Years ago I met a young woman who was assisting at several studios and working with music people around New York City. She hooked Tape Op up with an interesting interview with stomp box designer John Schumann (issue #43). But mostly she kept busy in studios, working at Stratosphere Sound (issue #37), Engine Room Audio, Looking Glass Studios, Dubway Studios and Fireproof (issue #20). Along the way Dawn did live sound in New York and on the road, toured as a backing musician with the band Hem, and slowly worked on own her own albums. More recently she has teamed up with Steve Salett (who sat in for parts of this interview) to open Saltlands Studio in Brooklyn. Her persistence and drive keep her busy, but have paid off, and I wanted others to know how she did it.

Did you go to school to study recording?

I went to NYU for two years and then I dropped out and started working in studios. I had recorded my own stuff in high school on a 4-track, and then I took a film scoring class at NYU. I remember one of our tests was to make a score for Planet of the Apes. That was fun! That's were I learned Pro Tools. I took a MIDI class at NYU. It was called "MIDI For Non-Majors."

Does anyone give a shit about MIDI anymore?

I know! This was before Clive Davis got involved with the program. Before that they had no money. All of the

equipment was terrible!

When I first met you, I think you were assisting at Stratosphere?

I was working at Stratosphere and a few other studios before that. I met this tech, Steve Masucci, who repaired the Chamberlin [keyboard]. I was asking him all these questions and he ended up hiring me as his assistant.

Were you running around, helping Steve do installs and repairing synthesizers?

Just a little bit. I also helped him recap a board — the pans on a Helios console.

At Henry Hirsch's Waterfront Studio? [issue #56]

It was at his old place in the Edison Hotel — same Helios though.

So you jumped into studio work.

I did! I made a lot of mistakes. Before Stratosphere, I got my first internship at Looking Glass Studios when I was in college. I was there for six months. I started assisting there. Then I went to Dubway — Great guys. Al Houghton taught me all about the tape machine. He's a real electrical engineer — kind of over my head sometimes, but really awesome. I was assisting at Dubway and Stratosphere Sound. Then just Stratosphere. Then I was the house engineer at Engine Room Audio. That was cool. Engine Room started out like this, as rehearsal spaces. Then Mark [Christensen] made a nice room.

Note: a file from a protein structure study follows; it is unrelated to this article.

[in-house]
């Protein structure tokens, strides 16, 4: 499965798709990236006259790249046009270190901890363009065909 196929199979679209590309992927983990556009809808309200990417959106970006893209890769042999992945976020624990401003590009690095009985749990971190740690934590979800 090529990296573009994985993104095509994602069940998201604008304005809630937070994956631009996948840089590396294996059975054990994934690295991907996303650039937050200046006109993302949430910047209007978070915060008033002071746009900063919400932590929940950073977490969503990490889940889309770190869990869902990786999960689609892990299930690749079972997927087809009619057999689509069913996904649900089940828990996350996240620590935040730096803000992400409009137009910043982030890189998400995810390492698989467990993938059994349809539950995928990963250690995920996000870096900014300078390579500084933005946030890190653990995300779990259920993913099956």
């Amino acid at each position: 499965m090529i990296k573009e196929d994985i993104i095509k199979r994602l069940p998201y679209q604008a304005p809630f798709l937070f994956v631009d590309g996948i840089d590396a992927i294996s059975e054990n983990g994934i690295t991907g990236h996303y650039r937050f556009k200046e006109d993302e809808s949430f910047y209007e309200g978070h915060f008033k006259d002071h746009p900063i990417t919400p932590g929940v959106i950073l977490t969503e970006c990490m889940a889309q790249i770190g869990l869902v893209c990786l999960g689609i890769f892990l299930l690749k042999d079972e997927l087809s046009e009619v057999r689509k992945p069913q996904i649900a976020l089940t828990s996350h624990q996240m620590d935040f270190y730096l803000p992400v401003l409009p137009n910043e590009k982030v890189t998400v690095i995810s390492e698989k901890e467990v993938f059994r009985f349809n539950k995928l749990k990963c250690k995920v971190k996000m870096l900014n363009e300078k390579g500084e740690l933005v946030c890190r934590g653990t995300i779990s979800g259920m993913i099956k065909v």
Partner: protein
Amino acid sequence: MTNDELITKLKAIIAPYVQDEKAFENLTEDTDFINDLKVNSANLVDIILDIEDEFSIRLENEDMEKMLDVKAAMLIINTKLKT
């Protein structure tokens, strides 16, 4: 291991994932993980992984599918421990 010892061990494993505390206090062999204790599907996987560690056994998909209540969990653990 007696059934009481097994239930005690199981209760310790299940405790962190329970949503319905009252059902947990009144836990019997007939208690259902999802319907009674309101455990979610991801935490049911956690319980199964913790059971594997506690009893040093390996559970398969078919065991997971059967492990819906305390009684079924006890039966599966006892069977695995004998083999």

I thought he was doing a lot of mastering.

That's his main thing.

There was engineering going on too?

Yeah, we had a Trident. It was a manufacturing house too. There were always artists in and out of there that I knew from playing and gigging around.

What kinds of jobs were coming in there?

I did some weird stuff there. I remember once a dude just brought in some vinyl and had me transfer it. Then he brought in his reverb unit — he was rapping and I was cutting up these things for him. It was low budget — he would book a couple of hours at a time. It was all misogynistic shit. That was a moment where I wondered what I was doing with my life! This lady did a seven-disc series of test prep CDs which took me forever. I did it in Logic and I had never used Logic before. It was pretty new age-y — singing bowls and gongs. The music was really beautiful, but I'd be droning out to her voice. The music made me feel really spacey. That whole time I was also working with Steve Masucci and Victor Van Vugt [issue #48], Gary Maurer and his band Hem. I started touring with Hem, and that kind of launched me for touring. I was playing glockenspiel, sometimes singing and playing guitar.

Have you learned from a lot of different folks along the way?

I've had some great teachers. Victor Van Vugt made me his assistant on a couple of projects, which was awesome. He had a little project studio on Christopher Street. I got to track at Jolly Roger in Hoboken. Gary Maurer put me on a bunch of recordings. We worked on some projects at Brooklyn Recording and Sear Sound [issue #41] — amazing.

Part of this game is getting out and meeting people.

Yeah, totally! I was basically working in studios for five years. I wasn't recording much of my own music — I was recording when I had time. It took me four years to make my first album — all done after hours. Now it means so much to me to meet people while I'm touring. I...

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